Matrix Medical Systems
A system that works for users, and not the other way around.
As an in-home health assessment provider, Matrix Medical Systems faced challenges of competitive daily margins, clinician fatigue, and intense medical charting compliance. To magnify those challenges, Clinicians were saddled with an unresponsive and inconsistent tablet application used during visits to enter data. Through design, research, and front-end development, Drawbackwards improved this app—called CHAT—to boost usability and reduce effort, allowing clinicians to focus on what’s most important: caring for members.
While the original CHAT app was a marvel of Matrix resourcefulness, it heavily relied on pre-made components and frameworks. The resulting product experience, which we’d rank as Functional, was a testament to those constraints—the touch response was poor, logic was nearly nonexistent, and the combination of unclear technical copy, lack of visual hierarchy, and information architecture caused a huge amount of cognitive load to Clinicians.
The low usability of CHAT was contributing to an already difficult scenario: Clinicians were tasked with leading visits without getting off-track or over-time while asking a litany of health-related questions, performing exams, fulfilling diagnostic tests, and educating members on their health. CHAT further hindered the ability for Clinicians to quickly and accurately enter information, creating opportunities for errors, non-HIPPA compliance (such as writing physical notes including patient information), and hours of charting outside of the workday.
To hit the ground running, we attended a demo of the application before our first kickoff workshop to prepare an initial ‘hit list’ of improvements Matrix could start with right away. We presented those suggestions in our initial kickoff workshop, in addition to aligning business groups to shared goals, conducting user empathy exercises, and prioritizing the next steps.We then got to work with a focus on the success metrics established by the team. Matrix needed to enable quicker visits, better accuracy, and reduced charting rework. We crafted a plan to pair design and research together, in order to validate decisions as they were made and reduce investment risk on Matrix’s part.
Compounding changes, big improvements.
With the interest of making quick, high-impact changes, we started with an audit of the existing UI components. By refining the building blocks of the app, we made improvements universally across the experience. One of the most substantial changes during this phase was the correction of misused dropdowns—a significant barrier to quick data entry, especially for fields that only had two or three options.
Next, we leveraged those initial component suggestions to craft a full design system that prioritized high legibility, large touch targets, and clear visual hierarchy. In tandem, our research team was actively interviewing Clinicians to collect baseline data and validate the design decisions made.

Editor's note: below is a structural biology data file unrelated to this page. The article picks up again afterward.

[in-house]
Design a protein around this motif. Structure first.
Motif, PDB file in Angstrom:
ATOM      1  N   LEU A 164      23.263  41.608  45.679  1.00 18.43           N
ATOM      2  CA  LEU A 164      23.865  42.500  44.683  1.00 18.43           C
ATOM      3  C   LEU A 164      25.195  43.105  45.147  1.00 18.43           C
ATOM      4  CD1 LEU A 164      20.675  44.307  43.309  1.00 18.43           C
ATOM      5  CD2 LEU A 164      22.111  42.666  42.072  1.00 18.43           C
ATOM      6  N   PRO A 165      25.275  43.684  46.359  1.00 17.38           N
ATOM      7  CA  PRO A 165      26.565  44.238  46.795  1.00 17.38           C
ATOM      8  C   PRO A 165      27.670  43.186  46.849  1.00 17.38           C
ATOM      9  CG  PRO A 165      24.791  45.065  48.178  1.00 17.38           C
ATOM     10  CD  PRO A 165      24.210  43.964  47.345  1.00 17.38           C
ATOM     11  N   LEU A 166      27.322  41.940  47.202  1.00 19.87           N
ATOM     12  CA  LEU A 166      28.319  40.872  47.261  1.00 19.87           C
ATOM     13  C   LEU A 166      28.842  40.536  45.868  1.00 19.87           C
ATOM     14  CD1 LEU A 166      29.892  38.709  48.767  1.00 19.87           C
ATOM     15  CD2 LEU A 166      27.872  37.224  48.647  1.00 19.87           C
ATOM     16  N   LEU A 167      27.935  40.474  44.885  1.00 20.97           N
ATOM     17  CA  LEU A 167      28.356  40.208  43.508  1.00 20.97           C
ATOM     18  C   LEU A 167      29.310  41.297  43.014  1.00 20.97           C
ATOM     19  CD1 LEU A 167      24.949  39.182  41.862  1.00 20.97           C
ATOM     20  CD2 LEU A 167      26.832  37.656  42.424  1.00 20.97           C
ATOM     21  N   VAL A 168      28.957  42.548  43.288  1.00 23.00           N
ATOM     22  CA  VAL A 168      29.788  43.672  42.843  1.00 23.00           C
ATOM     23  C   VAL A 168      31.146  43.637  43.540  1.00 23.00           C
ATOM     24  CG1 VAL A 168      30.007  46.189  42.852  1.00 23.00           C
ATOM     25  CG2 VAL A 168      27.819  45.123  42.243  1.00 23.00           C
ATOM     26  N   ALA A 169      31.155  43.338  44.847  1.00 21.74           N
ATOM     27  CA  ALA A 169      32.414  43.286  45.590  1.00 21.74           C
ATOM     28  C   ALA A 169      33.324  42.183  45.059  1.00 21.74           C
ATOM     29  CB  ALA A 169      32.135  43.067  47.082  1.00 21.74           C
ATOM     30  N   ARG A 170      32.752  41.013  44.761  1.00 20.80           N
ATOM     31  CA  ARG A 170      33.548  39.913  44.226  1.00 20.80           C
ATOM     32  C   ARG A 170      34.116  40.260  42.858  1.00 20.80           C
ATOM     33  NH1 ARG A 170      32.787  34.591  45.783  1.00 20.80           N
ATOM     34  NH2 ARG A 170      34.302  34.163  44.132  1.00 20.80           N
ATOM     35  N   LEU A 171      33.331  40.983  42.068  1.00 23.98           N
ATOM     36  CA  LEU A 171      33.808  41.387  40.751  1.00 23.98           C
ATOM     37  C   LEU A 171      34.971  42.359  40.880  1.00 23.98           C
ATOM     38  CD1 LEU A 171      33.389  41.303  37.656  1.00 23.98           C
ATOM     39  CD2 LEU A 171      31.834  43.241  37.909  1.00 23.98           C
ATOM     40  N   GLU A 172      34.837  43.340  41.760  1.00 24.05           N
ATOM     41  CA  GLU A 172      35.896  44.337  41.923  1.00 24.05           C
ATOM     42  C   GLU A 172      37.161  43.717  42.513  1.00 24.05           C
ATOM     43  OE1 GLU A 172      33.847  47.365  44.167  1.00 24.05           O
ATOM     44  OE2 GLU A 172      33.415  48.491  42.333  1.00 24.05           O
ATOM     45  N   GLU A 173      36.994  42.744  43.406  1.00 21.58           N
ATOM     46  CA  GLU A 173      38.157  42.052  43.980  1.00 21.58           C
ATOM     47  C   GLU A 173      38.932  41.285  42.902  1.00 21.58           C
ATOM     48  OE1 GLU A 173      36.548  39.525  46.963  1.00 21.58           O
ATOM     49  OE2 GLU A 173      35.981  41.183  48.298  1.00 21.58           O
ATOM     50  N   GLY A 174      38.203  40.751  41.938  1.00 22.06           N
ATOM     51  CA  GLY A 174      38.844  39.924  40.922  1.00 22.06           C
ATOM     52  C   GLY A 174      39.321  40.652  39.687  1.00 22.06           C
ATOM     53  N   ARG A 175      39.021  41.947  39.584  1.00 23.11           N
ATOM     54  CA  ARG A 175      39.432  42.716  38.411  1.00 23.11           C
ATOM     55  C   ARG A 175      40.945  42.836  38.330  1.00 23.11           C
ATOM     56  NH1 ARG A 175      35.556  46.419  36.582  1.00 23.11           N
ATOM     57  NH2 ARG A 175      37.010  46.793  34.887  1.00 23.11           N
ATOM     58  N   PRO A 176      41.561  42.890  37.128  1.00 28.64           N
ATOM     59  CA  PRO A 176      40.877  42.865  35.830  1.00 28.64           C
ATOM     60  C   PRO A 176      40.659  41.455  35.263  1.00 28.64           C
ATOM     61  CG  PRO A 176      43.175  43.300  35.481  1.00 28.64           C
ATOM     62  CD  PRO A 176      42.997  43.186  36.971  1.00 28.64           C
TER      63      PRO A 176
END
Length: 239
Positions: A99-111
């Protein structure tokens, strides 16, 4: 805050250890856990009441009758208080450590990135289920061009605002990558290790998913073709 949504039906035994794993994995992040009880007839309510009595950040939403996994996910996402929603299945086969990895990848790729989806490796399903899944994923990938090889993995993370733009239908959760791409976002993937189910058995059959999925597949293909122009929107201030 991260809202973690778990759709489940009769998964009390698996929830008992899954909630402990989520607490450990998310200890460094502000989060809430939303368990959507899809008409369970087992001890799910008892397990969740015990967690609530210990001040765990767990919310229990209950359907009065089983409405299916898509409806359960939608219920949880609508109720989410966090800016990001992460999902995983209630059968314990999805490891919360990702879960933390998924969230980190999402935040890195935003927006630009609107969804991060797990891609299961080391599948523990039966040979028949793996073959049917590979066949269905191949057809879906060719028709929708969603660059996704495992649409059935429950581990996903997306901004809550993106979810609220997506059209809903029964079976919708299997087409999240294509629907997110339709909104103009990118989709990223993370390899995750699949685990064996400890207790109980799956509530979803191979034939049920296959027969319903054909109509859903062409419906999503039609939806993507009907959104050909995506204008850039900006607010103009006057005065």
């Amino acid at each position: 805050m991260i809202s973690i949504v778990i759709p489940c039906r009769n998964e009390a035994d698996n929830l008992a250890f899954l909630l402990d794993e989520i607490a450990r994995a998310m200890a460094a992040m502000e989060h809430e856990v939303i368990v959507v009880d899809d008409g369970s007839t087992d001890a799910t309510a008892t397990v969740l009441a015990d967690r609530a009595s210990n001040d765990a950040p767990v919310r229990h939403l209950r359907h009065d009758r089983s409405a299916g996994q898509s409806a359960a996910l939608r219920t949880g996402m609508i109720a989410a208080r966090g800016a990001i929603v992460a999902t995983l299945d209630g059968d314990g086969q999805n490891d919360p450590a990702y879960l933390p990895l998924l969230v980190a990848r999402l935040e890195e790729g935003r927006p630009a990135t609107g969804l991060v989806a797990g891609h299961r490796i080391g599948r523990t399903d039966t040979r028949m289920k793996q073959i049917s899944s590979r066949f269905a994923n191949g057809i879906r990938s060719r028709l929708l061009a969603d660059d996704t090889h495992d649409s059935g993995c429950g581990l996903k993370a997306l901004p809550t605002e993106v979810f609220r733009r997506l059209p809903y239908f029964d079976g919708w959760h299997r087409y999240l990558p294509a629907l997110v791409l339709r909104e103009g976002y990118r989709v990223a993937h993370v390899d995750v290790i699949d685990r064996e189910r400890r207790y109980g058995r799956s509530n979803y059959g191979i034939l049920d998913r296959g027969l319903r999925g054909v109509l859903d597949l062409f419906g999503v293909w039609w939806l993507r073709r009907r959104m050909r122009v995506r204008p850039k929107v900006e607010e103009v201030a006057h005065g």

Through user research sessions and screentime analysis, we identified the most problematic sections of the application, which were to be our next design focus: medications, diagnoses, and the physical exam. Following those sections, we worked closely with Matrix’s clinician liaisons to identify and prioritize the most impactful screens to focus on next. This process of design, validation, and review continued to cover the full health assessment flow—with a total of over 200 screens re-designed for usability, clarity, and consistency.
Creative solutions to accommodate constraints.
In order to implement design changes, our team of designers and developers worked closely and creatively with Matrix’s QA team to ensure alignment with their data model and out-of-the-box framework. Even with some challenging security constraints and restricted editability, our deployments were successful and brought real improvement to the app, on an aggressive timeline. In addition to design adjustments, we improved multiple app issues—touch response and latency, and keyboard appearance— that had severely crippled usability until that point.
Future-forward strategy and research.
As design sprints continued and more of the health assessment was addressed, research sessions helped us understand that many of the pain points within a Clinician experience spanned beyond the app itself. We proposed conducting an in-depth diary study to better capture those ulterior challenges, so as to address them. Matrix agreed, and after a week of daily entries from numerous Clinicians, Drawbackwards produced a comprehensive report of the findings and recommendations that would benefit employees, members, and business alike. Our ultimate goal: to continue designing a holistic experience and system suited for humans, rather than machines.